BERLIN — The big-money moves of Pierre-Emerick Aubameyang and Ousmane Dembele show that Borussia Dortmund is still struggling to compete at the highest level.
Both players forced their way out after feeling the need to showcase their talents on bigger and better stages.
Aubameyang skipped a team meeting and refused to engage with the club before eventually sealing a 63.75 million euro ($80 million) move to Arsenal on Wednesday, the last day of the transfer window.
Dembele forced his transfer – initially worth 105 million euros ($130 million) but possibly rising to 147 million euros ($180 million) – to Barcelona last year after going on strike.
While Dortmund has made a healthy profit – both players reportedly cost 28 million euros ($35 million) – the repeated sales of its best players underline the notion that the club has regressed since claiming a domestic double in 2012.
Dortmund reached the Champions League final the following year but finished well behind Bayern Munich in the Bundesliga.
The habitual departure of its top players started with Shinji Kagawa joining Manchester United in 2012 and continued with Mario Goetze and Robert Lewandowski leaving in successive years for Bayern.
Henrikh Mkhitaryan (Manchester United), Mats Hummels (Bayern) and Ilkay Gundogan (Manchester City) then left in 2016.
Dortmund has turned to young, affordable players to plug the gaps.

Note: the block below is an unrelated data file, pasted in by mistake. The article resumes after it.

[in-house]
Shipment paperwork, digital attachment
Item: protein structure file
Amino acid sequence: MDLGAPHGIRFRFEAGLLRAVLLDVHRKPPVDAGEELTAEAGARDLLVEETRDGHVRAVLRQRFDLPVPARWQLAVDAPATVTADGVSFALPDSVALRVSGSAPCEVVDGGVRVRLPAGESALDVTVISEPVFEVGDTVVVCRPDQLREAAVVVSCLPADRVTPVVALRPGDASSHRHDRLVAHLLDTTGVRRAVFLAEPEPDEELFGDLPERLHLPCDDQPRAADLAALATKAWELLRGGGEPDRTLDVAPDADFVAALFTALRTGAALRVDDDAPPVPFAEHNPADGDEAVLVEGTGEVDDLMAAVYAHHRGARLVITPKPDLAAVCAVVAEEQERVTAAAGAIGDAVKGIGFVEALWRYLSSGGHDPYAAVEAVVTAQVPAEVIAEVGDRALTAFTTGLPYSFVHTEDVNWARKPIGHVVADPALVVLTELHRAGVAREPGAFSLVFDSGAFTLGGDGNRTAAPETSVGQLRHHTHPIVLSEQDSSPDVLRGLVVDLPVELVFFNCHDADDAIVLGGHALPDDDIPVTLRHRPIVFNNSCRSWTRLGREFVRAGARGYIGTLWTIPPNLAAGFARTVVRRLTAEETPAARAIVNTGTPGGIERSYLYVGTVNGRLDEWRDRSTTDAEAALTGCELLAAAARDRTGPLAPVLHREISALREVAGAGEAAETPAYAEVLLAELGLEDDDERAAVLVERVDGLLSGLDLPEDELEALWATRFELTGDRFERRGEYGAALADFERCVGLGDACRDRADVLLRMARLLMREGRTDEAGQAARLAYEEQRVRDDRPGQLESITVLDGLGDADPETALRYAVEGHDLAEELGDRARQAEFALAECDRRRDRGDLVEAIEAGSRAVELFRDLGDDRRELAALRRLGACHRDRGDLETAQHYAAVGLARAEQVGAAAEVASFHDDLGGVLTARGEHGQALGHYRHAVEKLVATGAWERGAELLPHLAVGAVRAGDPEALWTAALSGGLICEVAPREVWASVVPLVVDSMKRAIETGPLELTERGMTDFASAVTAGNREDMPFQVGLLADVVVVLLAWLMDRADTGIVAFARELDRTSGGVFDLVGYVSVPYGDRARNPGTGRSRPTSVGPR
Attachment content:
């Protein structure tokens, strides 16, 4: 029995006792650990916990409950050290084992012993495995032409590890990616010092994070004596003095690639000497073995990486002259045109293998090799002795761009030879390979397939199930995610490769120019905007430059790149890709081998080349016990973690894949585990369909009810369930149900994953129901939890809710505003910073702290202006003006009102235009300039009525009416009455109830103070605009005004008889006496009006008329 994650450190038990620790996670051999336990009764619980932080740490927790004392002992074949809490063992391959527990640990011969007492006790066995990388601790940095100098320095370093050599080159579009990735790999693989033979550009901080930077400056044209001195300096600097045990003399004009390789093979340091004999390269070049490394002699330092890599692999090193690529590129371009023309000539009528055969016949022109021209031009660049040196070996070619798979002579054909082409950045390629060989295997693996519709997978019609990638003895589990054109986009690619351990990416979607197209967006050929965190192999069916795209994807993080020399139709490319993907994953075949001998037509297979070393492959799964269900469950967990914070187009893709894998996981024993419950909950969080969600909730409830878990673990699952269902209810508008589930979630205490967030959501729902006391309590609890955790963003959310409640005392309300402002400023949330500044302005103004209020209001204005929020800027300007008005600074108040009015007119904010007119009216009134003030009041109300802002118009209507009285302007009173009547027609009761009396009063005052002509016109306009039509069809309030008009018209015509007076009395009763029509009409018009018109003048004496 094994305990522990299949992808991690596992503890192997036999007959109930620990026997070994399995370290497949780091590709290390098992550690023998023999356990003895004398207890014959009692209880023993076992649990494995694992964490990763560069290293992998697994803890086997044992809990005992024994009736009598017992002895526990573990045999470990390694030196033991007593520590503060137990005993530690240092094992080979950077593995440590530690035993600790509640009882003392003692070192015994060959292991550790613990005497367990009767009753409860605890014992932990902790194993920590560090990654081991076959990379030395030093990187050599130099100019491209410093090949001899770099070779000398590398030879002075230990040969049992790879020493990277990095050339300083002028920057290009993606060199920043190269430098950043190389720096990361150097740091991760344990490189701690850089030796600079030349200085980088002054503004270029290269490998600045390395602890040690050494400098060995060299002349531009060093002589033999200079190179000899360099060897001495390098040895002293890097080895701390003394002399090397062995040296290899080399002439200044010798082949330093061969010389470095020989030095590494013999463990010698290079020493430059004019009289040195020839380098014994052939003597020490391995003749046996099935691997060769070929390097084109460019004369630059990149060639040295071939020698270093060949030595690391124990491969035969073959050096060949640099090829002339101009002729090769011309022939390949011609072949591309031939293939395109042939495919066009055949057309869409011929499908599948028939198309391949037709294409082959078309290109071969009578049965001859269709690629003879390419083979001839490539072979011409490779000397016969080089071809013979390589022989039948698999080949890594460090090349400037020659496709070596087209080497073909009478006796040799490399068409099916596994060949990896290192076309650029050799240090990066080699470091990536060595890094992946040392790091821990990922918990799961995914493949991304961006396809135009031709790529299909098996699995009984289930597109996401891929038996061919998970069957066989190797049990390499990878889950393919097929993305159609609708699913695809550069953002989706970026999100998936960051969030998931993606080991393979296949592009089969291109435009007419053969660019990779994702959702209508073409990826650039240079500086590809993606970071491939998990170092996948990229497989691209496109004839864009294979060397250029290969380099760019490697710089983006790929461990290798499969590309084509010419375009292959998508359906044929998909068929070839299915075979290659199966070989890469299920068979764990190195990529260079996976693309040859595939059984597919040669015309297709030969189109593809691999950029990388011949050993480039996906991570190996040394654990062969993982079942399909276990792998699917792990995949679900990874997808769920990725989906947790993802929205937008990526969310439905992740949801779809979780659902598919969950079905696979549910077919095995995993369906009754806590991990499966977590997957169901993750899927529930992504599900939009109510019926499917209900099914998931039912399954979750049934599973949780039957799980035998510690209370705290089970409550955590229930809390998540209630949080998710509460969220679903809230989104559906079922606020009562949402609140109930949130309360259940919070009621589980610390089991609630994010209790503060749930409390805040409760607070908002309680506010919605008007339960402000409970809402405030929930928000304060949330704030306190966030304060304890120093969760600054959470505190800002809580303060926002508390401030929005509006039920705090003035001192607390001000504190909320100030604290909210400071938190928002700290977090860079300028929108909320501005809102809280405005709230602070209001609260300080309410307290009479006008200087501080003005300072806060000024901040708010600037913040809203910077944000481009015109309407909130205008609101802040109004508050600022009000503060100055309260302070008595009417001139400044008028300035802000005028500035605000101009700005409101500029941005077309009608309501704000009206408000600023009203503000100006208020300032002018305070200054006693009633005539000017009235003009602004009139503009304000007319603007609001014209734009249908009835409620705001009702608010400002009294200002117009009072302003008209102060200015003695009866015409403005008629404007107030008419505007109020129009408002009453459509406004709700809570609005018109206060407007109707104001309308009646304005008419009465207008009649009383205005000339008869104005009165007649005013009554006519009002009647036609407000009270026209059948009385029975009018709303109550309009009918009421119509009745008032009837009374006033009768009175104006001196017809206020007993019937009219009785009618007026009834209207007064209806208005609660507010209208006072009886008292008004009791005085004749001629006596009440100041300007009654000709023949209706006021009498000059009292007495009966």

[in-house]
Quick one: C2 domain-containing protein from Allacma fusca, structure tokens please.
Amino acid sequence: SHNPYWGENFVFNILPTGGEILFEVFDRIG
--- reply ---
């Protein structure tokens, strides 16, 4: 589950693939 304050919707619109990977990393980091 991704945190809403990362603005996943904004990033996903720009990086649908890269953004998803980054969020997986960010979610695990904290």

That gamble paid off with Dembele, who was signed as a teenager from Rennes, but it can also backfire, illustrated by the team’s collapse after leading the Bundesliga by five points earlier this season.
Dortmund is now 19 points behind Bayern.
The departures also send a signal to the other players. Stand-out United States midfielder Christian Pulisic must be wondering if his ambitions can be matched by the club and Dortmund will be wary of potential suitors.
Marco Reus, currently injured, chose Dortmund over Bayern in 2012 when the team was at the top of its game. He said he was joining because he thought the club could challenge for the Bundesliga title and play regularly in the Champions League.
Dortmund missed out on Champions League qualification in 2015 and exited the competition at the group stage this season after failing to win any games.
The club has also had to contend with other distractions, including a bomb attack on the team bus before the Champions League match against Monaco last April.
Thomas Tuchel’s spell as coach, after replacing Juergen Klopp in 2015, ended last year after a breakdown in his relationship with chief executive Hans-Joachim Watzke and sporting director Michael Zorc.
Tuchel singled out some players, such as the Bayern-bound Hummels, for criticism and dropped the popular Nuri Sahin for the German Cup final win over Eintracht Frankfurt last May.
Sven Mislintat left after falling out with Tuchel. The chief scout, who brought Hummels, Aubameyang, Kagawa and Lewandowski to Dortmund, joined Arsenal in November.
“I would probably never have come to the idea to think of other clubs,” Mislintat said.
Watzke said it was his “personal mistake to let Sven be treated that way for one and a half years.”
Mislintat’s departure was followed three weeks later by coach Peter Bosz’s firing after a run of one win in 13 games in all competitions.
Now that the transfer window is closed, Dortmund is hoping for the return of some stability, starting with Friday’s league game at last-place Cologne.
A loss, though, could set alarm bells ringing again. Bosz’s replacement, Peter Stoeger, is returning to his former club and, while he is unbeaten in five league games, Dortmund hasn’t won in three.
Michy Batshuayi, Aubameyang’s replacement, could make his debut after joining on loan from Chelsea for the rest of the season.